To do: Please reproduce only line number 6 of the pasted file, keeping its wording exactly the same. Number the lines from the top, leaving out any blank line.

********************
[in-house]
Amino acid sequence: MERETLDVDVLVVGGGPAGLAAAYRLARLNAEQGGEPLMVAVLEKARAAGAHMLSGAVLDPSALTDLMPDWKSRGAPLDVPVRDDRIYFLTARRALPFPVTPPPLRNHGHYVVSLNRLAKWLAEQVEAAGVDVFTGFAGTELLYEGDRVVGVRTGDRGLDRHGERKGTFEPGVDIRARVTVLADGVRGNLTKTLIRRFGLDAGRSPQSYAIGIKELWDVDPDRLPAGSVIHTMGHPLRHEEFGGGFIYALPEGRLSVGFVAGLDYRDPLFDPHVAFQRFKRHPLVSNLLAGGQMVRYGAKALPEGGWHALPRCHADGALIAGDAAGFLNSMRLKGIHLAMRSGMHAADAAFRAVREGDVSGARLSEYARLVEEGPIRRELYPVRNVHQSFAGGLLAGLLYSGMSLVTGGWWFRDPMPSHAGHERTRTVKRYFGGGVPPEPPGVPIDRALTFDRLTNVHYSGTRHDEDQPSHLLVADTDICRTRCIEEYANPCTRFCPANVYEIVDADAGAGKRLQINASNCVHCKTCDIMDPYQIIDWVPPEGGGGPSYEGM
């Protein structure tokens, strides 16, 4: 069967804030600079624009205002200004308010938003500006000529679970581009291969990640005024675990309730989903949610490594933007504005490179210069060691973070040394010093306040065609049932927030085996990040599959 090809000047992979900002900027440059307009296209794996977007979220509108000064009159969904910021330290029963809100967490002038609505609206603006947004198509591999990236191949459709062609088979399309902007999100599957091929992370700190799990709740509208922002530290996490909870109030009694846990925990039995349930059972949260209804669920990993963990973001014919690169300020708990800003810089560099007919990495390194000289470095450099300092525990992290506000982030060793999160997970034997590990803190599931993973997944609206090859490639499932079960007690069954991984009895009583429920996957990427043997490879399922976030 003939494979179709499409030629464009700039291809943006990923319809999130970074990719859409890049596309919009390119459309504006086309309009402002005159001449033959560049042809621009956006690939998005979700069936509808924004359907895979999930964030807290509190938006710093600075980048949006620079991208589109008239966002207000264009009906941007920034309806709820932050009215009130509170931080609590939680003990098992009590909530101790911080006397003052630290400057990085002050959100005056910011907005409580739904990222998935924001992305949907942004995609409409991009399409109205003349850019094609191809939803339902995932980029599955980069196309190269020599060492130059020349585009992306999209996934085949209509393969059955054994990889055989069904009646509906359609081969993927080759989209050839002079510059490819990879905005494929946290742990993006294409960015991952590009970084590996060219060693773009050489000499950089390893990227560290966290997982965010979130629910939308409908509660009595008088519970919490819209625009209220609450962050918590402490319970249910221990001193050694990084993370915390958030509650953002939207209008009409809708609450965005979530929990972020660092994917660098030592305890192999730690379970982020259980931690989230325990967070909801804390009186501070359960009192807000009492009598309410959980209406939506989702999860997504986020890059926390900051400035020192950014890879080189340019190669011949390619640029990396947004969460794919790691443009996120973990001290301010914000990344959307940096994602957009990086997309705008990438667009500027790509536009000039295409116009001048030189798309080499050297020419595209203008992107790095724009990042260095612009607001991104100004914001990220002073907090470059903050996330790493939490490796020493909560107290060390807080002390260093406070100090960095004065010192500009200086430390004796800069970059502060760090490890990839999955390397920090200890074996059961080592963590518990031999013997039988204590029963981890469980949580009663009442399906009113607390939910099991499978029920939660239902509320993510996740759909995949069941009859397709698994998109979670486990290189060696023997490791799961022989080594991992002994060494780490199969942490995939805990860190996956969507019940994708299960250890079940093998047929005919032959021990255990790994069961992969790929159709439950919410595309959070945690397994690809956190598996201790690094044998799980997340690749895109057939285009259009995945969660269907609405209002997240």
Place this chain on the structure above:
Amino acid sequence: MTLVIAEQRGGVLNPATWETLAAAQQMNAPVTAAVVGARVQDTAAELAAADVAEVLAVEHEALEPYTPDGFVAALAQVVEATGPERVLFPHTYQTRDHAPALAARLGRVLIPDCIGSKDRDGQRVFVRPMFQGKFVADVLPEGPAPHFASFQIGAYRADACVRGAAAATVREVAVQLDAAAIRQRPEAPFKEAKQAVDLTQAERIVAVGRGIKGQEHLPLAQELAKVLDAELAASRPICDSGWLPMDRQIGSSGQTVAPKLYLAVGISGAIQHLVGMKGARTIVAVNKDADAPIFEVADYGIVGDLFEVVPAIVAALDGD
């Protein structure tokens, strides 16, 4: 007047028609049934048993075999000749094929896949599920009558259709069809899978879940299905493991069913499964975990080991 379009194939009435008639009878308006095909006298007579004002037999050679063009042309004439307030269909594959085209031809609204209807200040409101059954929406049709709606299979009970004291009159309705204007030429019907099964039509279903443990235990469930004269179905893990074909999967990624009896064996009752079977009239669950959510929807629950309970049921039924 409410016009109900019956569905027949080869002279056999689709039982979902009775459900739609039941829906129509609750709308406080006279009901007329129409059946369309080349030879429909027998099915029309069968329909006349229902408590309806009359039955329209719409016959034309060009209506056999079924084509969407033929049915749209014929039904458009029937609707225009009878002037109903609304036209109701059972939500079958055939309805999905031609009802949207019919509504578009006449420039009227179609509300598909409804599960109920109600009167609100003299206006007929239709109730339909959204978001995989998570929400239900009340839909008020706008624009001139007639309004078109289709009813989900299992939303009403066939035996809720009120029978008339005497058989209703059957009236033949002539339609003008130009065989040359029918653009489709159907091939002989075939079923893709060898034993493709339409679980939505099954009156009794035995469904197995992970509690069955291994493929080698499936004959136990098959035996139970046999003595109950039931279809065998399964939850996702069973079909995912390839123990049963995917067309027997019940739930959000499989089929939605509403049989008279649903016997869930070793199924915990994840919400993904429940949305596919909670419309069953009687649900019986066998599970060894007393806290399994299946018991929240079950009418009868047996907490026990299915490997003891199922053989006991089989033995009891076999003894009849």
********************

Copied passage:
């Protein structure tokens, strides 16, 4: 007047028609049934048993075999000749094929896949599920009558259709069809899978879940299905493991069913499964975990080991 379009194939009435008639009878308006095909006298007579004002037999050679063009042309004439307030269909594959085209031809609204209807200040409101059954929406049709709606299979009970004291009159309705204007030429019907099964039509279903443990235990469930004269179905893990074909999967990624009896064996009752079977009239669950959510929807629950309970049921039924 409410016009109900019956569905027949080869002279056999689709039982979902009775459900739609039941829906129509609750709308406080006279009901007329129409059946369309080349030879429909027998099915029309069968329909006349229902408590309806009359039955329209719409016959034309060009209506056999079924084509969407033929049915749209014929039904458009029937609707225009009878002037109903609304036209109701059972939500079958055939309805999905031609009802949207019919509504578009006449420039009227179609509300598909409804599960109920109600009167609100003299206006007929239709109730339909959204978001995989998570929400239900009340839909008020706008624009001139007639309004078109289709009813989900299992939303009403066939035996809720009120029978008339005497058989209703059957009236033949002539339609003008130009065989040359029918653009489709159907091939002989075939079923893709060898034993493709339409679980939505099954009156009794035995469904197995992970509690069955291994493929080698499936004959136990098959035996139970046999003595109950039931279809065998399964939850996702069973079909995912390839123990049963995917067309027997019940739930959000499989089929939605509403049989008279649903016997869930070793199924915990994840919400993904429940949305596919909670419309069953009687649900019986066998599970060894007393806290399994299946018991929240079950009418009868047996907490026990299915490997003891199922053989006991089989033995009891076999003894009849």